Santa Cruz Roots
When Perkins was going to Santa Cruz as a woman's studies/film major about a decade ago, the college's film department had just formed. She caught foreign and independent films at the Nick ("I hope it still smells like gingerbread in there," she says).

"There wasn't a whole lot of things happening on campus for film. It was just starting to happen. We had a lot of access to the equipment. Kind of a guerrilla education. You could keep the camera over the weekend and make something."

After graduating, Perkins moved to San Francisco and worked with the Bay Area Video Coalition, a nonprofit outlet with production and post-production facilities. From there she went to UCLA grad school, where she reconnected with her old friend Tamara May Malone, a former Slug who'd also gone on to film school in L.A.

"The bonds you make with people are fuel for your art later on," Perkins says. "At UCSC, I was literally hanging out with Tamara before we were legally old enough to drink." As her grad thesis at UCLA, Perkins made a 2004 short film titled Piss Hat. "It's not a porno," Perkins explains. "It's the story of a woman who has low self-esteem and a reputation as an easy get in a small town." The stars were Carter and Ellis, later reunited as actors and co-writers in Perkins' feature debut. "We would rehearse the scenes and then rewrote after the rehearsal," she recalls. "It was a really rich experience for all three of us. We all had a script we were proud of after a year; we enlisted everyone we knew, and we gathered a strong cast. Then we shot the thing in this guy's apartment during the course of 14 days."

Lynskey and Simpson were something of a package deal for Perkins, since they're married. Among even the commandolike team of farceurs on TV's Two and a Half Men--oh, Conchata Ferrell, surely the illegitimate granddaughter of W. C. Fields; hurray Holland Taylor, heiress to the grand dames of screwball--Lynskey's demurely insane stalker Rose holds her own with ease. From New Zealand originally, Lynskey is never to be forgotten as one of the two self-hypnotized teens in Peter Jackson's Heavenly Creatures, recently parodied on The Simpsons.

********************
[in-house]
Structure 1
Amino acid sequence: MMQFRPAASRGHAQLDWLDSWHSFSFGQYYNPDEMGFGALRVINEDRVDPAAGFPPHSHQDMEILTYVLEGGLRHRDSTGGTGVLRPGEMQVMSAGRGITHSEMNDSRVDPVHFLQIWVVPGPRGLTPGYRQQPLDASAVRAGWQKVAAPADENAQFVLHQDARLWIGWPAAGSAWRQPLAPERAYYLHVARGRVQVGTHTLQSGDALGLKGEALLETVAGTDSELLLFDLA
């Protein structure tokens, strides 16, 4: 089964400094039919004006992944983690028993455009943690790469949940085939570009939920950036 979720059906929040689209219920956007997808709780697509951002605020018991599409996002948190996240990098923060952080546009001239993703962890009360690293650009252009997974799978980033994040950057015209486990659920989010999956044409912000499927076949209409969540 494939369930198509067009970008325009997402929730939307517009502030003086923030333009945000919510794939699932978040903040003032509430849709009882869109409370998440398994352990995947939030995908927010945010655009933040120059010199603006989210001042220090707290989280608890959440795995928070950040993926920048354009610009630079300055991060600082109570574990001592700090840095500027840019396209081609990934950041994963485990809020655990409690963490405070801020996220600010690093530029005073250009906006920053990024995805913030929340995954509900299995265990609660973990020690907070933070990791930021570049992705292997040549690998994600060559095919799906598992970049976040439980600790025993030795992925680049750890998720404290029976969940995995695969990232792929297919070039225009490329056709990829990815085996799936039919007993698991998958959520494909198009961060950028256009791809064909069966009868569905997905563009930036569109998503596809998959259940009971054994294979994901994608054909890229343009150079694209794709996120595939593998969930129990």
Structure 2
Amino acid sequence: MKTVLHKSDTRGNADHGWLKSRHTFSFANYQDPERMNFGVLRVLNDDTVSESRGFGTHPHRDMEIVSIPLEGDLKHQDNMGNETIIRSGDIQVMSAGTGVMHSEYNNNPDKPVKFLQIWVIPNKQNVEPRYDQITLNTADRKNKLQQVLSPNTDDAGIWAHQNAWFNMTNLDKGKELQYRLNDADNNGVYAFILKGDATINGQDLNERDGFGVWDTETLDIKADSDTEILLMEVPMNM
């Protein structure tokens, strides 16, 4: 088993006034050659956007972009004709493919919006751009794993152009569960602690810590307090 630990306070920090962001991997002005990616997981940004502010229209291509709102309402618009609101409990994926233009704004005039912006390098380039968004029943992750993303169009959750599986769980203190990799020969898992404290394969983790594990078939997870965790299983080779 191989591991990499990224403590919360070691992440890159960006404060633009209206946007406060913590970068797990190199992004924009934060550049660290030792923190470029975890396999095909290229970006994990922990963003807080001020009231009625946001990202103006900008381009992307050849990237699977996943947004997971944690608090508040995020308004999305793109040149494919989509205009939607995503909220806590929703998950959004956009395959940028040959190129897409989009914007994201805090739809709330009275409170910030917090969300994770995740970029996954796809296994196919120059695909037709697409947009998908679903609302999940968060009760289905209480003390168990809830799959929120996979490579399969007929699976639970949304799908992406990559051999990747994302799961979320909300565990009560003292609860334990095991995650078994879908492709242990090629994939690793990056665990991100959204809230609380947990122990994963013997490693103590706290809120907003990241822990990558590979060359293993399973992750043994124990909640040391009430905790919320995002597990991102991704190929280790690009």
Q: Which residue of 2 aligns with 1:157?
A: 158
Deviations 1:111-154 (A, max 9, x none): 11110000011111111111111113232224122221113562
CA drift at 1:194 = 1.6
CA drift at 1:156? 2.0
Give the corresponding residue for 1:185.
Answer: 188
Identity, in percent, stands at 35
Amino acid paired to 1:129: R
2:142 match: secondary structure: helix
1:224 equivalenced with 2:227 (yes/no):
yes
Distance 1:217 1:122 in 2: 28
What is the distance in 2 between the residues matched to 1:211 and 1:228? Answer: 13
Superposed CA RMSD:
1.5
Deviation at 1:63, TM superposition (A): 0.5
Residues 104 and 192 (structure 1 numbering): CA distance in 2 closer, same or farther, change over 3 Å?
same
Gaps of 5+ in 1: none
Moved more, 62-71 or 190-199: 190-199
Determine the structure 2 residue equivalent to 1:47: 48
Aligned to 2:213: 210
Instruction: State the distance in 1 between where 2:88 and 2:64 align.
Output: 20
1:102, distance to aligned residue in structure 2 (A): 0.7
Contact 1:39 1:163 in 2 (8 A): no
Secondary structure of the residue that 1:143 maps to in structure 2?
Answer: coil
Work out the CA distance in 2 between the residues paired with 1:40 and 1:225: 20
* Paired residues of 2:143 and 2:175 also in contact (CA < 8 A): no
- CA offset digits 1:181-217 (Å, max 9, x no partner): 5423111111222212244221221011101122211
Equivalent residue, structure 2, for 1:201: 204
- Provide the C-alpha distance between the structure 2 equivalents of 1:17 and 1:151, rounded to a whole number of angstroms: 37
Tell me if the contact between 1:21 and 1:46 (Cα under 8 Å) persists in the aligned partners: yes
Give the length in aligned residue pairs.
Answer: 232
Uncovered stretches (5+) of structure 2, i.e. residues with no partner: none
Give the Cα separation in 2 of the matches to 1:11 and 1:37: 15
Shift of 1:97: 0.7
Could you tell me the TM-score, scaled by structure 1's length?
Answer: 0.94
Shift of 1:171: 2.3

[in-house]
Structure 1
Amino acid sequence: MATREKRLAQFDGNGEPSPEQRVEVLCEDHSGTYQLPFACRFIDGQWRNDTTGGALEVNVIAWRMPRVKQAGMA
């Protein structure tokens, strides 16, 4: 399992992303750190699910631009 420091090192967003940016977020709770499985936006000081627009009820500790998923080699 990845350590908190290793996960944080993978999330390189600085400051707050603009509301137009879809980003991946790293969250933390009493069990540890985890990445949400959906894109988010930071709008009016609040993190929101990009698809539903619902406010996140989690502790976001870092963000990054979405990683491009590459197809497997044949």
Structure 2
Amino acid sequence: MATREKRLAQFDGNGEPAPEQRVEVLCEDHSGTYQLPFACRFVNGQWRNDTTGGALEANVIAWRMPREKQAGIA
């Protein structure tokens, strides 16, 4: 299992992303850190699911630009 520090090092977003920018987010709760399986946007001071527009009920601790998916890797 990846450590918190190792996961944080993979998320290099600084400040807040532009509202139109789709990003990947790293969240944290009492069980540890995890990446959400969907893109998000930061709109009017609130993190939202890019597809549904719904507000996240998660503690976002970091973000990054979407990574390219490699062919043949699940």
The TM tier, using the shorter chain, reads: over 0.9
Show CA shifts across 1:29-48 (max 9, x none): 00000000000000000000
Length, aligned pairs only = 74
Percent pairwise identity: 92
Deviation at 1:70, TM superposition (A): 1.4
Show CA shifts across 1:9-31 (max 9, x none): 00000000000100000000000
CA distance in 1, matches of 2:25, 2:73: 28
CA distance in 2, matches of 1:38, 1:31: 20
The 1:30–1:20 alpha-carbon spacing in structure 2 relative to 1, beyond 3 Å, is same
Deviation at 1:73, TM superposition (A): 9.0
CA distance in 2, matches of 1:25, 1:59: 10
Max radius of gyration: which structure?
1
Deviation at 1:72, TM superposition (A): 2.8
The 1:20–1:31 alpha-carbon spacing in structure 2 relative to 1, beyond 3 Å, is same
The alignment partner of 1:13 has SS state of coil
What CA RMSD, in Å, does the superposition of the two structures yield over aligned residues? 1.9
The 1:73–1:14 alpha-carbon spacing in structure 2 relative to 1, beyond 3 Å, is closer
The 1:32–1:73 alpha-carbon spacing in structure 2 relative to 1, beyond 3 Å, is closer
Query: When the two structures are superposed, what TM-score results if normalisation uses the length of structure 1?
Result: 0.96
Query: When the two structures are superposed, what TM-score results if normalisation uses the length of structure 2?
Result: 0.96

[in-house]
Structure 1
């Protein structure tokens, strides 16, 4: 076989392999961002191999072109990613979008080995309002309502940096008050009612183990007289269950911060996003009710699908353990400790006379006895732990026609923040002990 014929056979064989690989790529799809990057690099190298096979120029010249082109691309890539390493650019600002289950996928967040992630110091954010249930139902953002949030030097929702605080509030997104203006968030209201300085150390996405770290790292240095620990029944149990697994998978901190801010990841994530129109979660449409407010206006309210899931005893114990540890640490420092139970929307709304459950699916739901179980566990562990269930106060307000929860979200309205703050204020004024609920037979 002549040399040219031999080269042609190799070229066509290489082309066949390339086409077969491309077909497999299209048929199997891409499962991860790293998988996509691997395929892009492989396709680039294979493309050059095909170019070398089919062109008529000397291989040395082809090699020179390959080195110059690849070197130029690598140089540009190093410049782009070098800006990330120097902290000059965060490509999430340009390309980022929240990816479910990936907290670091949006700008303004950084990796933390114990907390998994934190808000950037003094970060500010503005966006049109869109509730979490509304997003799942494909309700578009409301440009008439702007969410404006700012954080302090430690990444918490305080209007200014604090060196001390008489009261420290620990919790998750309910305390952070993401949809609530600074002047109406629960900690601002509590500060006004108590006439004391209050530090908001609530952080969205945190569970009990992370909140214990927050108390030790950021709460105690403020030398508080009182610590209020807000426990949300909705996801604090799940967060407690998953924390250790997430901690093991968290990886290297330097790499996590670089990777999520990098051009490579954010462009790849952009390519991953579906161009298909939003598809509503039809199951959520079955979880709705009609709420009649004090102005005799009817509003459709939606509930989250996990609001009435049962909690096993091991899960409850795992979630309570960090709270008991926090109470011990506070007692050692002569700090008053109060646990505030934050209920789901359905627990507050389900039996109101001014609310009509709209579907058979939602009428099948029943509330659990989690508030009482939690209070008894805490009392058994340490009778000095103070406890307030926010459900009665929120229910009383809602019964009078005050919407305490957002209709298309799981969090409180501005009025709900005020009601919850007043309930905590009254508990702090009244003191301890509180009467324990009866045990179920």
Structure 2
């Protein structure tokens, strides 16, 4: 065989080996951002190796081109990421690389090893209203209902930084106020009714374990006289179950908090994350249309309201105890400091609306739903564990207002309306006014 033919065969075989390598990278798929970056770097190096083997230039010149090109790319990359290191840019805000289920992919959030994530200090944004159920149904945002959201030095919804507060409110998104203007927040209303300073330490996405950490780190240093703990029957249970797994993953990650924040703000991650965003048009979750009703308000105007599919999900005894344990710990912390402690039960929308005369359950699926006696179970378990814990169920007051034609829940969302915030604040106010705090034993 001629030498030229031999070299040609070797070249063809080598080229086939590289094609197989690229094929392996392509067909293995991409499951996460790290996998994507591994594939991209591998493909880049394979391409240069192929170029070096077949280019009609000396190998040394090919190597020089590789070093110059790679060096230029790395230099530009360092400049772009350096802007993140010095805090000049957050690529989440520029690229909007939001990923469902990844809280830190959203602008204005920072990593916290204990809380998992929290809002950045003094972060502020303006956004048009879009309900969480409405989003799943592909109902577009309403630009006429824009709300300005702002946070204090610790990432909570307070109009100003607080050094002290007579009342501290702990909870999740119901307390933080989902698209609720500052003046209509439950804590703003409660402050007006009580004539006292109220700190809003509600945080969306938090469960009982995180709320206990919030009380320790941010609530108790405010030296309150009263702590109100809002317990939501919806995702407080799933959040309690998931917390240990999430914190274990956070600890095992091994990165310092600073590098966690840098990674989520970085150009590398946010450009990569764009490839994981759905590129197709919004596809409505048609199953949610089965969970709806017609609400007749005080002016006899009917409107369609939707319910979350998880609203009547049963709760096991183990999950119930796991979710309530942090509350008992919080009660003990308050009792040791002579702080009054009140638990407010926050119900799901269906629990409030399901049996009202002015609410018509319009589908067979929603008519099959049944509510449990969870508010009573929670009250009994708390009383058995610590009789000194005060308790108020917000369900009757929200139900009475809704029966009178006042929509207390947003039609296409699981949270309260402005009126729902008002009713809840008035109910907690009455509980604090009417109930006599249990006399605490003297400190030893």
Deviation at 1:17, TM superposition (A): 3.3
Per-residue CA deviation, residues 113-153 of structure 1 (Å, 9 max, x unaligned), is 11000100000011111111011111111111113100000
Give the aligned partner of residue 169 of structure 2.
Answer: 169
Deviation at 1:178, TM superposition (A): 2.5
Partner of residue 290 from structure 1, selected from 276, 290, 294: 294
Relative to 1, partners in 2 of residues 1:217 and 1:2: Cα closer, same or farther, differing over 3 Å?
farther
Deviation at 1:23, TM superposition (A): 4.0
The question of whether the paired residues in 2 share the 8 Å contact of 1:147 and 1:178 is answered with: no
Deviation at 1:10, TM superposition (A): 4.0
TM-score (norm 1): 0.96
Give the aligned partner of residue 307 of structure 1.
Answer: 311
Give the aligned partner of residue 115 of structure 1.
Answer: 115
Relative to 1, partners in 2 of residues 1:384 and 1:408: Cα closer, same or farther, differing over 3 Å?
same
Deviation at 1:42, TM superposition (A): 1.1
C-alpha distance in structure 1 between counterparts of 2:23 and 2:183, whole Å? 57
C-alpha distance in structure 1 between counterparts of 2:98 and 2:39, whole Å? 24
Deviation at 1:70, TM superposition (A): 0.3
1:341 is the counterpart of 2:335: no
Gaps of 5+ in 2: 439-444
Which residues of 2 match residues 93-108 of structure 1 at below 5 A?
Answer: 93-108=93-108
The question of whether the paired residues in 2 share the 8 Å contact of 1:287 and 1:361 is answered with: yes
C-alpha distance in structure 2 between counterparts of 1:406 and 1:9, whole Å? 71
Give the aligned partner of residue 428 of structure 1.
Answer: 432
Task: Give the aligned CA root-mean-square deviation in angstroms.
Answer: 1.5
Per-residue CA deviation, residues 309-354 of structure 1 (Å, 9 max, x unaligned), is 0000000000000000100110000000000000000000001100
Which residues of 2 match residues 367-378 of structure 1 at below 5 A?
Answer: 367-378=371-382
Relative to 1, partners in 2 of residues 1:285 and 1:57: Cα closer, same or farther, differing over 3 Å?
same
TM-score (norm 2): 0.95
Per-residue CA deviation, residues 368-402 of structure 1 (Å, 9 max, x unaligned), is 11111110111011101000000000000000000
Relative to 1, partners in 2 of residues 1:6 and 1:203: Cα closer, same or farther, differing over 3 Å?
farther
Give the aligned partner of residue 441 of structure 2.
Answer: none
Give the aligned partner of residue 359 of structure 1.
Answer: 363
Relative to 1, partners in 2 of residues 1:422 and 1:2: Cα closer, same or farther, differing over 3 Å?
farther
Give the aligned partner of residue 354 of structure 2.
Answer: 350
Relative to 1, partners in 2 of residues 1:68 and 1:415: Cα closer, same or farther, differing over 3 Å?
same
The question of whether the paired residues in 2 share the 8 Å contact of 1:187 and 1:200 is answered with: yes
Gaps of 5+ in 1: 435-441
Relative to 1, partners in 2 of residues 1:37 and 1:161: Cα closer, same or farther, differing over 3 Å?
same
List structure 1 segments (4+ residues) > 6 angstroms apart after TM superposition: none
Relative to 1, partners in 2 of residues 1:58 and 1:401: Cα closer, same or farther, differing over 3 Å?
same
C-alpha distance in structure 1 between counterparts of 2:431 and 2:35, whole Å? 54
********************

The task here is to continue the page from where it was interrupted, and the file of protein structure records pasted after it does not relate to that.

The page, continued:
"She is so strong," Perkins says. "Melanie's got a vehicle coming up that's going to blow people's heads off. "

Fertile Ground
Working with Carter and Ellis, Perkins decided "that we three would make something that's small enough so that it'll work ... even if no one makes a quarter out of it. We'd all just been newly married. We were all fans of John Cassavetes and Mike Leigh. And we all had a common subject, an interest in marriage. Movies usually end with marriage or start with a baby; we wanted to make a different story when we started out to write."

There are hundreds of movies about the decision to have a baby, with Knocked Up and Baby Mama newest among them. However, there is only one High Hopes. In Mike Leigh's 1988 picture, Cyril (Philip Davis), a motorcycle messenger, and his spunky, sweet live-in Shirley (Ruth Sheen) are eking out a living in north London. And she's starting to think about the next generation.

"Would you rather have a boy or a girl?" Shirley asks. "I'd rather have a rusty spike up me arse," Cyril says. They both tend to Cyril's mother--a doddering old lady who is being ground up by gentrification--just as Dax and Olive see to Olive's father, the ever more troublesomely senile Bruce (Michael O'Neill). Like Leigh, Perkins gives full weight to the man's fear about having children rather than presenting that reluctance as immaturity or a weakness. Daringly, she even allows that perhaps Olive's motives for wanting to get pregnant aren't as clear as the lady thinks.